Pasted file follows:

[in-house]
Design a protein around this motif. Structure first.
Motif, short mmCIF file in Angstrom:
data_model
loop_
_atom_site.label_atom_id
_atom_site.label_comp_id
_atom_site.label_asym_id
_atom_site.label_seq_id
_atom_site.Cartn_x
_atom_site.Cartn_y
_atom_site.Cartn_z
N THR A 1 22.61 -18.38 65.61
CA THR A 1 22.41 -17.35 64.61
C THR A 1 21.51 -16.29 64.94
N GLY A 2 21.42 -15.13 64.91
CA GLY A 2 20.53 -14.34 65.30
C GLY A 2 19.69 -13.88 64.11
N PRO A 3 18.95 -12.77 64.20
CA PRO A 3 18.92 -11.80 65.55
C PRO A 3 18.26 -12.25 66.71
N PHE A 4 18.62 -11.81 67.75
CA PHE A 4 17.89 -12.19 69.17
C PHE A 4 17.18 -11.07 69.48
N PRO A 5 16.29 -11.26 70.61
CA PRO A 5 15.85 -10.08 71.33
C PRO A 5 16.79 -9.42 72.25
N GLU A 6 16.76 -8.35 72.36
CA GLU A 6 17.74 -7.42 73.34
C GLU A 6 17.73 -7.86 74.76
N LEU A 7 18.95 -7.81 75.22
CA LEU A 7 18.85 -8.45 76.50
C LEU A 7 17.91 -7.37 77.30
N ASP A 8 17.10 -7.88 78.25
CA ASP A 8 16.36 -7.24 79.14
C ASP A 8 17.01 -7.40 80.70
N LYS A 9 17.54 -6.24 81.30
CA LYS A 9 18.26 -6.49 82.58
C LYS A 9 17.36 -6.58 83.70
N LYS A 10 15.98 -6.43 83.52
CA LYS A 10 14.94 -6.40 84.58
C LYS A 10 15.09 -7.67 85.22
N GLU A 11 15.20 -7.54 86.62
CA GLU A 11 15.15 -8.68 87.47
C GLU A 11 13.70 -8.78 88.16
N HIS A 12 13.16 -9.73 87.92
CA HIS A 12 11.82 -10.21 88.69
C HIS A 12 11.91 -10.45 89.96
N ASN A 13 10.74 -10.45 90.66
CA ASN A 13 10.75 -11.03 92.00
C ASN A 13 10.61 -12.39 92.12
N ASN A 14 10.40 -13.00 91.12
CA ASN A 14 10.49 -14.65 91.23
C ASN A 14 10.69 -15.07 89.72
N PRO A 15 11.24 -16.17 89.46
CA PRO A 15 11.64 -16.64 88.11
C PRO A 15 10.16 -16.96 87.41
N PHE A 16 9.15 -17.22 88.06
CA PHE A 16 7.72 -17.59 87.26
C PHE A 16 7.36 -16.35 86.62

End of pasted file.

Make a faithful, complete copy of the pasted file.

[in-house]
Design a protein around this motif. Structure first.
Motif, short mmCIF file in Angstrom:
data_model
loop_
_atom_site.label_atom_id
_atom_site.label_comp_id
_atom_site.label_asym_id
_atom_site.label_seq_id
_atom_site.Cartn_x
_atom_site.Cartn_y
_atom_site.Cartn_z
N THR A 1 22.61 -18.38 65.61
CA THR A 1 22.41 -17.35 64.61
C THR A 1 21.51 -16.29 64.94
N GLY A 2 21.42 -15.13 64.91
CA GLY A 2 20.53 -14.34 65.30
C GLY A 2 19.69 -13.88 64.11
N PRO A 3 18.95 -12.77 64.20
CA PRO A 3 18.92 -11.80 65.55
C PRO A 3 18.26 -12.25 66.71
N PHE A 4 18.62 -11.81 67.75
CA PHE A 4 17.89 -12.19 69.17
C PHE A 4 17.18 -11.07 69.48
N PRO A 5 16.29 -11.26 70.61
CA PRO A 5 15.85 -10.08 71.33
C PRO A 5 16.79 -9.42 72.25
N GLU A 6 16.76 -8.35 72.36
CA GLU A 6 17.74 -7.42 73.34
C GLU A 6 17.73 -7.86 74.76
N LEU A 7 18.95 -7.81 75.22
CA LEU A 7 18.85 -8.45 76.50
C LEU A 7 17.91 -7.37 77.30
N ASP A 8 17.10 -7.88 78.25
CA ASP A 8 16.36 -7.24 79.14
C ASP A 8 17.01 -7.40 80.70
N LYS A 9 17.54 -6.24 81.30
CA LYS A 9 18.26 -6.49 82.58
C LYS A 9 17.36 -6.58 83.70
N LYS A 10 15.98 -6.43 83.52
CA LYS A 10 14.94 -6.40 84.58
C LYS A 10 15.09 -7.67 85.22
N GLU A 11 15.20 -7.54 86.62
CA GLU A 11 15.15 -8.68 87.47
C GLU A 11 13.70 -8.78 88.16
N HIS A 12 13.16 -9.73 87.92
CA HIS A 12 11.82 -10.21 88.69
C HIS A 12 11.91 -10.45 89.96
N ASN A 13 10.74 -10.45 90.66
CA ASN A 13 10.75 -11.03 92.00
C ASN A 13 10.61 -12.39 92.12
N ASN A 14 10.40 -13.00 91.12
CA ASN A 14 10.49 -14.65 91.23
C ASN A 14 10.69 -15.07 89.72
N PRO A 15 11.24 -16.17 89.46
CA PRO A 15 11.64 -16.64 88.11
C PRO A 15 10.16 -16.96 87.41
N PHE A 16 9.15 -17.22 88.06
CA PHE A 16 7.72 -17.59 87.26
C PHE A 16 7.36 -16.35 86.62